Let me add a few comments to the discussion of the case of Carolyne. First of all I am impressed that experienced therapists with different theoretical backgrounds have more in common than they differ when it comes to the clinical approach to their patients. Sure, there are important differences but they may not be of decisive significance in helping patients get better.
My comments represent my background in Self Psychology plus some personal modifications.
Carolyne presents herself with a large number of severe symptoms: alcoholism, cocaine addiction, depression, sexual promiscuity, poor social relationships, etc. On the other hand she appears to be intelligent, serious, motivated to loose her symptoms and change herself. Especially interesting is the contradiction between her low opinion of herself and the apparent successful achievements in the world with the significant exception that she cannot achieve good social relationships with the opposite sex.
Before talking about my view of these symptoms I must state some of the most fundamental observations and subsequent basic conceptualizations of self psychology.
A newborn infant arrives in this world without a sense of self. However, s/he is equipped with a brain that has the function of making order out of the chaos of innumerable sensory perceptions (all 5 senses) that impinge on the neonate. The brain detects repetitions and configurations which are ordered into patterns such pain vs pleasure, internal vs external, etc. Certain configurations of experiences become organized into a sense of self. Those experiences that become organized into a sense of self we have designated as selfobject experiences. As Spitz showed 50 years ago (Psychoan.Study of the Child) infants in an orphanage that get all the best nutrition, health care, and physiological body needs taken care of but no personal attention (no talking to, no picking up and soothing, no rocking, etc) will often develop marasmus (a type of depression) and die. Infants that experience caregivers who care will not get marasmus but develop a sense of self.
A sense of self (abbreviated as a self) requires selfobject experiences throughout life. Even a strong, cohesive, energetic self will fall apart into disorganization when the selfobject experiences are no longer forthcoming. This has been demonstrated experimentally when healthy young people were subjected to sensory deprivation (blindfolded, ears sealed, immersed into luke warm water, etc.) they developed hallucinations and delusions and lost their sense of who they were after a few hours.
There are at least 6 fundamental types of selfobject experiences (mirroring, idealizing, alter-ego, adversarial, efficacy and vitalizing) that are needed throughout life by every human being. Infants will develop a fragile self when the selfobject experiences during early development are deficient, absent or unreliable. They may develop strategies (=defenses) to protect whatever fragile self there is against further disorganization (=fragmentation). If these strategies fail the infants self will never reach cohesion or, if it does reach cohesion, it will later fall apart. A fragmented self is one where the various constituents of the self organization are no longer integrated into a cohesive whole but where these constituent parts assert themselves on their own, so to speak metaphorically: hypochondriasis evidences loss of psychological body-wholeness and the bodily parts asserting themselves by heightened awareness. Behavior becomes disorganized and is no longer under rational control but driven by the affects that also are no longer integrated. Loss of self boundaries is experienced as an irresistible yearning to merge with idealized others. Among defensive strategies denial and withdrawal are common. But the most common defense against the threatened loss of needed selfobject experiences is to engage in behaviors that can be experienced as if they were the needed selfobject experiences: alcohol, drugs, sex all can provide a temporary sense of strengthening the self by mimicking healthy selfobject experiences.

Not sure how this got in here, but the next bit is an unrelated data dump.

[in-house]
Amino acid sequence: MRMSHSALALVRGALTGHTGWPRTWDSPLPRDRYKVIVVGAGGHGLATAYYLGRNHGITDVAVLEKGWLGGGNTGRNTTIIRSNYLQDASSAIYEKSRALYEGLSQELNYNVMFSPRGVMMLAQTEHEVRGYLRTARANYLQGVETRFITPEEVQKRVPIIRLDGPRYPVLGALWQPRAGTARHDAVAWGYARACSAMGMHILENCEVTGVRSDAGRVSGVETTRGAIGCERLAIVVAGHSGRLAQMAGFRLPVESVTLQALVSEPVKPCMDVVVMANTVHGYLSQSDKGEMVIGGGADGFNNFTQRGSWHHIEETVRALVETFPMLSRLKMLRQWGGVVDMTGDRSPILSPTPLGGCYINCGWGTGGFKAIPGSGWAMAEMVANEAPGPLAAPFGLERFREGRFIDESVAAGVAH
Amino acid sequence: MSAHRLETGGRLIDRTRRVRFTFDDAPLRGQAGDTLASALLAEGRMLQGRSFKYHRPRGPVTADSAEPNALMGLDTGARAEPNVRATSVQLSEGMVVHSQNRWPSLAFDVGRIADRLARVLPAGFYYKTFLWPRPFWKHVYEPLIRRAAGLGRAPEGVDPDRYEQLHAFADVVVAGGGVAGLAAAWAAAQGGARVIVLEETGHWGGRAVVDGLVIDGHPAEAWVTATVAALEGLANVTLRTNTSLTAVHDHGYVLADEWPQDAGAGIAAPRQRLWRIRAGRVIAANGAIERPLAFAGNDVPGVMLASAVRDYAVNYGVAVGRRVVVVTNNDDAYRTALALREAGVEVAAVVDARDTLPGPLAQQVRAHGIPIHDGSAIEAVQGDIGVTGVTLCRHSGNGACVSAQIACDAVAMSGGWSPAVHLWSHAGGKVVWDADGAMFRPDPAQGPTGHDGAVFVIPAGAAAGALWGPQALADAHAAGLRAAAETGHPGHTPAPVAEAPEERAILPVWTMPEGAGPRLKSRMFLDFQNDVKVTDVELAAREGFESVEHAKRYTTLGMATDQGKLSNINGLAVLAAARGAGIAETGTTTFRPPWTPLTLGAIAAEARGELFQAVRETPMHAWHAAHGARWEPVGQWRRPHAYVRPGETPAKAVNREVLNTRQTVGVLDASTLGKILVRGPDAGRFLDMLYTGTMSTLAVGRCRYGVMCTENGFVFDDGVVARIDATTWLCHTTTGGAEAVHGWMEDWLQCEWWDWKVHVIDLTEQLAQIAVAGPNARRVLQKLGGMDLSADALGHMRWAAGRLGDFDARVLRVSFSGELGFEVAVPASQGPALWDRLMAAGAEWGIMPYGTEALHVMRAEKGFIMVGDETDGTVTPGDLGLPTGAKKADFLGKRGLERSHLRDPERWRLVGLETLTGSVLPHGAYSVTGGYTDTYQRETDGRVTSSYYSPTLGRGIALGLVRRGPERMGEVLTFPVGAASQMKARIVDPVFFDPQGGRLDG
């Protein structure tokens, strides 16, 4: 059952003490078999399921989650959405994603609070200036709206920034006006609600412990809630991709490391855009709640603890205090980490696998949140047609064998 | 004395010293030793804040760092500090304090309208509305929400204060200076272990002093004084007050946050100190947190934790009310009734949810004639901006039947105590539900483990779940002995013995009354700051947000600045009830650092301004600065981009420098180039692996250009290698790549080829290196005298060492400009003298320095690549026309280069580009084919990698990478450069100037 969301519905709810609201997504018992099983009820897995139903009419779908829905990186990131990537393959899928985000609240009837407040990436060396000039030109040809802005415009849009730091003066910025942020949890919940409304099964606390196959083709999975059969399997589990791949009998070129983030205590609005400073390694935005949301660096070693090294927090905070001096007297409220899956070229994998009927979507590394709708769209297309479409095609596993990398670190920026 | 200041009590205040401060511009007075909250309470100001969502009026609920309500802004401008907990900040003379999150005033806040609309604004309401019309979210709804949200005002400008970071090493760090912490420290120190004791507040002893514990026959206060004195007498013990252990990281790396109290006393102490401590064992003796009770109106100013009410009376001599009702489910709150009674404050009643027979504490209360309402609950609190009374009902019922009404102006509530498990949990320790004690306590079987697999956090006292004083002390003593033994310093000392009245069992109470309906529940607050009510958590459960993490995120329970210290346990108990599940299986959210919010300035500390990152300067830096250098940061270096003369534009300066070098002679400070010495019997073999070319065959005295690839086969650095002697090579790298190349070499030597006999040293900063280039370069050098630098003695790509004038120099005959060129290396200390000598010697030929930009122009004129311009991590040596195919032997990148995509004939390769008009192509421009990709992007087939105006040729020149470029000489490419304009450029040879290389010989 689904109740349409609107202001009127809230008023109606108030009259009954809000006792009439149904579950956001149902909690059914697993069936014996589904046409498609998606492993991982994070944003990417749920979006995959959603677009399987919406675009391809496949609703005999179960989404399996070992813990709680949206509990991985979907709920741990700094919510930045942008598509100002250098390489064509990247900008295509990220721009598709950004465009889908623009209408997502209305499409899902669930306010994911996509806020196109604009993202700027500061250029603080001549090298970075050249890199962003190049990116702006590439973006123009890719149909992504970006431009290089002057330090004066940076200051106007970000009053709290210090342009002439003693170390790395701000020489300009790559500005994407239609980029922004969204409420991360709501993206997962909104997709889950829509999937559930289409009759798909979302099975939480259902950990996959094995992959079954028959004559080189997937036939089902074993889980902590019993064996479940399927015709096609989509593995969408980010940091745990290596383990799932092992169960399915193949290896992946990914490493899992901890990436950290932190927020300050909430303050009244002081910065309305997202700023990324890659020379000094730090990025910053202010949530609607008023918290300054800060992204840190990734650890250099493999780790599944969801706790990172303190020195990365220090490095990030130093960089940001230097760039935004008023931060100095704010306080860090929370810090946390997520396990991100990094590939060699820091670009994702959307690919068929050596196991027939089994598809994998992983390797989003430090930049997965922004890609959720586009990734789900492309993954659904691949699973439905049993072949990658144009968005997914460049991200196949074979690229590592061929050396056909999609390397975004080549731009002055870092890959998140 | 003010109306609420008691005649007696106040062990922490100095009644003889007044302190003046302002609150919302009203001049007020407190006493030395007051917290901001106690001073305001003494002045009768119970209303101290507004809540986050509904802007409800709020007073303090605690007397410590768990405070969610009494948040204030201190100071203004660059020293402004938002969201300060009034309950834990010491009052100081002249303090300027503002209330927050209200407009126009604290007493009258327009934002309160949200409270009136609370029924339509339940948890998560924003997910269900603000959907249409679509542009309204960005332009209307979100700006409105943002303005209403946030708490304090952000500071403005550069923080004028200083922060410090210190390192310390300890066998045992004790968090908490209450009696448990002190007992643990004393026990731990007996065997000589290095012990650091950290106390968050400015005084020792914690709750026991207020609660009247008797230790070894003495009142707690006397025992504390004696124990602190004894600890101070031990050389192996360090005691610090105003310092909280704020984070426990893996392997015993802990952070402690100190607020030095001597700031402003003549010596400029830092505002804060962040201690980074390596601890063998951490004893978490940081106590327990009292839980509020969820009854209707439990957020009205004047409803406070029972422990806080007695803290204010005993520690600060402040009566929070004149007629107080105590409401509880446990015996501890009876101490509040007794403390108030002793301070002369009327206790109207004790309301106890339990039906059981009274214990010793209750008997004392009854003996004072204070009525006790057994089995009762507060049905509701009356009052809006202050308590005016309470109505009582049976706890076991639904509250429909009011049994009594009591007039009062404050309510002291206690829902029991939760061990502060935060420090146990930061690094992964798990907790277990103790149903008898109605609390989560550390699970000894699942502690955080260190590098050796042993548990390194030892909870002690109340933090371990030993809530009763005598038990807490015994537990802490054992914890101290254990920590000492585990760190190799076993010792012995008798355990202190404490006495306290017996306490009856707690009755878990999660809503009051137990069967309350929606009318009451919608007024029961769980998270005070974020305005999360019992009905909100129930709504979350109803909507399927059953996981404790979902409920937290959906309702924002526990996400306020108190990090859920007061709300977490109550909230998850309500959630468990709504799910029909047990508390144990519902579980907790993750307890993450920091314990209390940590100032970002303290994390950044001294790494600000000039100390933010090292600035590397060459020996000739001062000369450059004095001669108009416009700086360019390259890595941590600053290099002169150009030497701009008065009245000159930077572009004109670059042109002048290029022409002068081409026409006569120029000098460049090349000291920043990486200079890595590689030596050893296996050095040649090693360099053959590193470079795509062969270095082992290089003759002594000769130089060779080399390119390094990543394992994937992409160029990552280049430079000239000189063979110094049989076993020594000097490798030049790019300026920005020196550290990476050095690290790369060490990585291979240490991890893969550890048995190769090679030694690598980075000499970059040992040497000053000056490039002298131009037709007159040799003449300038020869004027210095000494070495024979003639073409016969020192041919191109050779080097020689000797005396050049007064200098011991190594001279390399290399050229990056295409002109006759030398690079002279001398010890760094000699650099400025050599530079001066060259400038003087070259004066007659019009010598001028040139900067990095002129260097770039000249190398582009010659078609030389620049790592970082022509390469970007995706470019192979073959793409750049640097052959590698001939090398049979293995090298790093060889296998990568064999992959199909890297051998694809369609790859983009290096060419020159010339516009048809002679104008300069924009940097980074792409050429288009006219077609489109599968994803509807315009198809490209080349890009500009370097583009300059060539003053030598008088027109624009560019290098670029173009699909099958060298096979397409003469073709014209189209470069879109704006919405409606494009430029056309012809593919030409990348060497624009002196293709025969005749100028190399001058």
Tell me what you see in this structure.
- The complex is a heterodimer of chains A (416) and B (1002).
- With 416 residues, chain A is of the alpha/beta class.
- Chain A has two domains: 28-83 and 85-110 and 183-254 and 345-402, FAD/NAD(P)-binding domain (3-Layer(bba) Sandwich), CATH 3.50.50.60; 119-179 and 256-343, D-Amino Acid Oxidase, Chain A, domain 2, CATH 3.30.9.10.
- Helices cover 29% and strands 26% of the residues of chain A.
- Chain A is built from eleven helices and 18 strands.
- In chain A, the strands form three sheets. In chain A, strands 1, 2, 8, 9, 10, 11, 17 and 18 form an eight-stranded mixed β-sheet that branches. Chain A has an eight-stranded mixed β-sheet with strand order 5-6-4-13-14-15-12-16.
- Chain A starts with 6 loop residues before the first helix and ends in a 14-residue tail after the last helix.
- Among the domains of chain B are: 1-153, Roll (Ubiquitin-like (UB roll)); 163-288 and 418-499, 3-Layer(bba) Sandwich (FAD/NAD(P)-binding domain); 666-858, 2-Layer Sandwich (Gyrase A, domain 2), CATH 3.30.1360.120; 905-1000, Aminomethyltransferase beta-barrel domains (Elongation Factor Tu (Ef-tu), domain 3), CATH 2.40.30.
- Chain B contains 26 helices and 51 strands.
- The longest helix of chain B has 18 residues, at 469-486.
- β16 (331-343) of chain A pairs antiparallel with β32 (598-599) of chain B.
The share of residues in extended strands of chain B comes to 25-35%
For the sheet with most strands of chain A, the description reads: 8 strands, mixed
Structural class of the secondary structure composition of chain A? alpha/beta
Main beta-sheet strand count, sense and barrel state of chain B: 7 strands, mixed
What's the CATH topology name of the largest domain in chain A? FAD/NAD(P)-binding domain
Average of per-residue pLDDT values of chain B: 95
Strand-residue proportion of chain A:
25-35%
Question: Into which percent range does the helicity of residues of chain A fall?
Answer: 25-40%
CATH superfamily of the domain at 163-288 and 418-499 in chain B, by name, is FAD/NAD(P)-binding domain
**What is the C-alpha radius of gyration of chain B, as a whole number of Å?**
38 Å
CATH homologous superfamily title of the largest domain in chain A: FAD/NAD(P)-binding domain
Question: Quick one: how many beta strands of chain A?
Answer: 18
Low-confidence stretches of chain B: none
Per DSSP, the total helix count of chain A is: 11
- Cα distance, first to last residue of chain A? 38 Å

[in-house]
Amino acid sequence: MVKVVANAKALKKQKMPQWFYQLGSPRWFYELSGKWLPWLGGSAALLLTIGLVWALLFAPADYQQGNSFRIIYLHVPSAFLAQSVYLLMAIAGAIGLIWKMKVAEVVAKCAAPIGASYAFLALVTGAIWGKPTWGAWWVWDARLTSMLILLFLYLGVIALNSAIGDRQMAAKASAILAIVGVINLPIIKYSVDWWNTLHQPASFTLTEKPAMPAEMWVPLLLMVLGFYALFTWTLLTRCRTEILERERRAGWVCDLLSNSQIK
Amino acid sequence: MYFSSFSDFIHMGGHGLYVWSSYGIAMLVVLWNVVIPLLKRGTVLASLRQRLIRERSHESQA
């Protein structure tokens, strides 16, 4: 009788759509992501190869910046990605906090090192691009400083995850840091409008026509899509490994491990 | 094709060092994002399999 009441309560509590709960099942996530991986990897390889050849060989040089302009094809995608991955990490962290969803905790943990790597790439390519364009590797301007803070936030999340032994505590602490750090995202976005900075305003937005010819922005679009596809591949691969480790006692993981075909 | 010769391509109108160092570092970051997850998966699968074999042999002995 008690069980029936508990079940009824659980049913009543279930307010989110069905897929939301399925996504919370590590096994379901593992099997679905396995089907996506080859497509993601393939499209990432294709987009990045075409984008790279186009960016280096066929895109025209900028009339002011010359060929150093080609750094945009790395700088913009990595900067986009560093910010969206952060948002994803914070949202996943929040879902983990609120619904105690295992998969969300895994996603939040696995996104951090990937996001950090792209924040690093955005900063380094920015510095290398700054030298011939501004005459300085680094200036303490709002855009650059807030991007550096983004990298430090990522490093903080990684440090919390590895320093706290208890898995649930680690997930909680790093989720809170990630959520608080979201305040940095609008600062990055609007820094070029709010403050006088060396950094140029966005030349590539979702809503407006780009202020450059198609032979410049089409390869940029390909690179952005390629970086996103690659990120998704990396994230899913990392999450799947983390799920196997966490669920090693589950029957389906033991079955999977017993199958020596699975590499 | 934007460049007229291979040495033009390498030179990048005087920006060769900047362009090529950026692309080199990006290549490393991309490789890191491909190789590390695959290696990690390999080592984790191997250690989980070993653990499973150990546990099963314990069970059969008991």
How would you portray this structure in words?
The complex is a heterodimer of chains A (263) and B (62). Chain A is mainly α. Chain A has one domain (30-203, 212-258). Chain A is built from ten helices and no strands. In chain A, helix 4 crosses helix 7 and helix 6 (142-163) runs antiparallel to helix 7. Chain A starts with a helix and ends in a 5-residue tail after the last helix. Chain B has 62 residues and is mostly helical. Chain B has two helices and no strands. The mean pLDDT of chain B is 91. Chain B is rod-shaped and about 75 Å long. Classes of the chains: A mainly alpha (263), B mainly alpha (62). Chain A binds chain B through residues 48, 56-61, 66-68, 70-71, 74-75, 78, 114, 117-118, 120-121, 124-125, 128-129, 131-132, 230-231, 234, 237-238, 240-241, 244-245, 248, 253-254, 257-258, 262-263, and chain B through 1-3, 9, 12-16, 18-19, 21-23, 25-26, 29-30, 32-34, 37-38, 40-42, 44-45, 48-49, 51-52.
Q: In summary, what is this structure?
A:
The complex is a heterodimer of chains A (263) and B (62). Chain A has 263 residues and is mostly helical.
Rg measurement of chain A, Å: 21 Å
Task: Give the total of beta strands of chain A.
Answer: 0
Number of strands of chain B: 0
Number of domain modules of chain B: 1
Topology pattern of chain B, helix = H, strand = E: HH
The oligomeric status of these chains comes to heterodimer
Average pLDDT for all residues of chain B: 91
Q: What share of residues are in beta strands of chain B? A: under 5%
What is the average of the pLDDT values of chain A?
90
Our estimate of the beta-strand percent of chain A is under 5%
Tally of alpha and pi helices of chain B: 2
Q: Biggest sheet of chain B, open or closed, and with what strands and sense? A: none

Enough self psychology for now. Carolyne has the symptoms of disorganization (falling apart=fragmentation): unpredictable, irrational behavior, recognized as such by her without her being able to stop it anymore than an asthmatic can stop wheezing. Alcohol, cocaine and sexual promiscuity provide her with blissful moments of apparent substitute selfobject experiences of being mirrored, loved etc. The momentary bliss of the self experience however is paid for by slowly destroying the individual.
Her family history is full of evidence that her parents failed to give her the affirmation, the caring concern and soothing that are needed as basic selfobject experiences. What little self and self esteem she managed to develop was jeopardized by direct expression of their disrespect and depreciation of her. Thus she entered adulthood with a damaged and fragile self that was vulnerable to the minor slights and rejections of everyones everyday life. No solid social relations can develop under such conditions.
The therapist by offering help, setting limits and demonstrating her tolerance for disagreement was experienced by her as both strong and caring. They were needed selfobject experiences that strengthened her enough to make her want to continue treatment.